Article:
The court war council building in 1775

The court war council building was located in Vienna at Am Hof 17 (after a change of address today Am Hof ​​2), Bognergasse 4-6 and Seitzergasse 1-3 in Vienna.

After the abolition of the Jesuit order , the house fell to the state and was declared the seat of the court war council. According to plans by Franz Anton Hillebrand , the building was rebuilt in 1774 and 1775 and partially increased. From 1776 to 1848 the court war council was based here, from 1848 to 1853 the war ministry, 1853 to 1860 the army high command, 1860 to 1867 again the war ministry and from 1867 to 1912 the Reich war ministry .

On October 6, 1848, War Minister Count Baillet von Latour was murdered by revolutionaries in front of the building.

In 1892 the Radetzky memorial designed by Caspar Zumbusch was erected in front of the court war council building Am Hof.

In 1913 the Reich Ministry of War moved to the new building on Stubenring . The Radetzky Monument followed the War Ministry to its new location on Vienna's Ringstrasse, as did the interior furnishings of the representative rooms.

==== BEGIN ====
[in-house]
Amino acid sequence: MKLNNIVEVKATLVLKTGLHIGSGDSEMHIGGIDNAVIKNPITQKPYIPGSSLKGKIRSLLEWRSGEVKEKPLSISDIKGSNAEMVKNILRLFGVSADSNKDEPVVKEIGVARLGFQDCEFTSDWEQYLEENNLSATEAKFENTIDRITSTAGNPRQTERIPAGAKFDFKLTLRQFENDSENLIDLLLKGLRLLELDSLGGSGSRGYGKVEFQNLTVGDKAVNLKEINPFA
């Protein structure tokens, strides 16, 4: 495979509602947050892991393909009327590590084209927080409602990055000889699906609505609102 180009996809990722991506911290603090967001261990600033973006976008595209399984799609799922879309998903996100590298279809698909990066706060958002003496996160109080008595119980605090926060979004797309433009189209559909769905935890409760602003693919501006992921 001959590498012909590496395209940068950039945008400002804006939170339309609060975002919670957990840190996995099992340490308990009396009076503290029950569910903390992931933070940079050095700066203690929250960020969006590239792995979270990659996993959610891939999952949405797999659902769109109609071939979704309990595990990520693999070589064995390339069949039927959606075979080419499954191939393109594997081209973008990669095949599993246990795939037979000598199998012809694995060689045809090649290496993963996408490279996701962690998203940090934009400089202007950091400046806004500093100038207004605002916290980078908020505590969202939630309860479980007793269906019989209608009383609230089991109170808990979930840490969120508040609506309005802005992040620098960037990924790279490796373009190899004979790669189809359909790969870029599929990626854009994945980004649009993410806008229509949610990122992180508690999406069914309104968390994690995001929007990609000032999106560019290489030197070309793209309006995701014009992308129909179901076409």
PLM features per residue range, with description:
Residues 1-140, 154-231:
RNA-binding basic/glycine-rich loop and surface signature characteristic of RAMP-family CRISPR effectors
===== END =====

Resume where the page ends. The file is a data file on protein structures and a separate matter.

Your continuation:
Despite numerous protests, the Am Hof ​​building was torn down immediately after the Ministry had moved. Adolf Loos , for example, described the threatened demolition in 1906 as “sacrilege”, the War Ministry as “the most beautiful dying building” in Vienna, there is the “basic chord for the square” and the like. From 1915, the Niederösterreichische Escompte-Gesellschaft , later the Österreichische Länderbank, had their headquarters in the office building built in its place . In 1990 this merged with today's Bank Austria , which sold the house in 2008. The re-use by a hotel was announced. In 2011 there was a fire in the building, presumably due to construction work, in the course of which the building was completely destroyed inside. The building was renovated by the Hyatt hotel chain and reopened as a luxury hotel in July 2014.


Hans Christoph Freiherr von Löbl, President of the Court War Council 1630–1632

(Many presidents were field marshals.)

  1. Knight Ehrenreich von Königsberg 1556–1560
  2. Gebhard Freiherr von Welzer 1560–1566
  3. Georg Teufel Freiherr von Guntersdorf 1566–1578
  4. Wilhelm Freiherr von Hofkirchen 1578–1583
  5. David Ungnad Freiherr von Weißenwolf 1584–1599
  6. Melchior Freiherr von Redern 1599–1600
  7. Karl Ludwig zu Sulz 1600–1610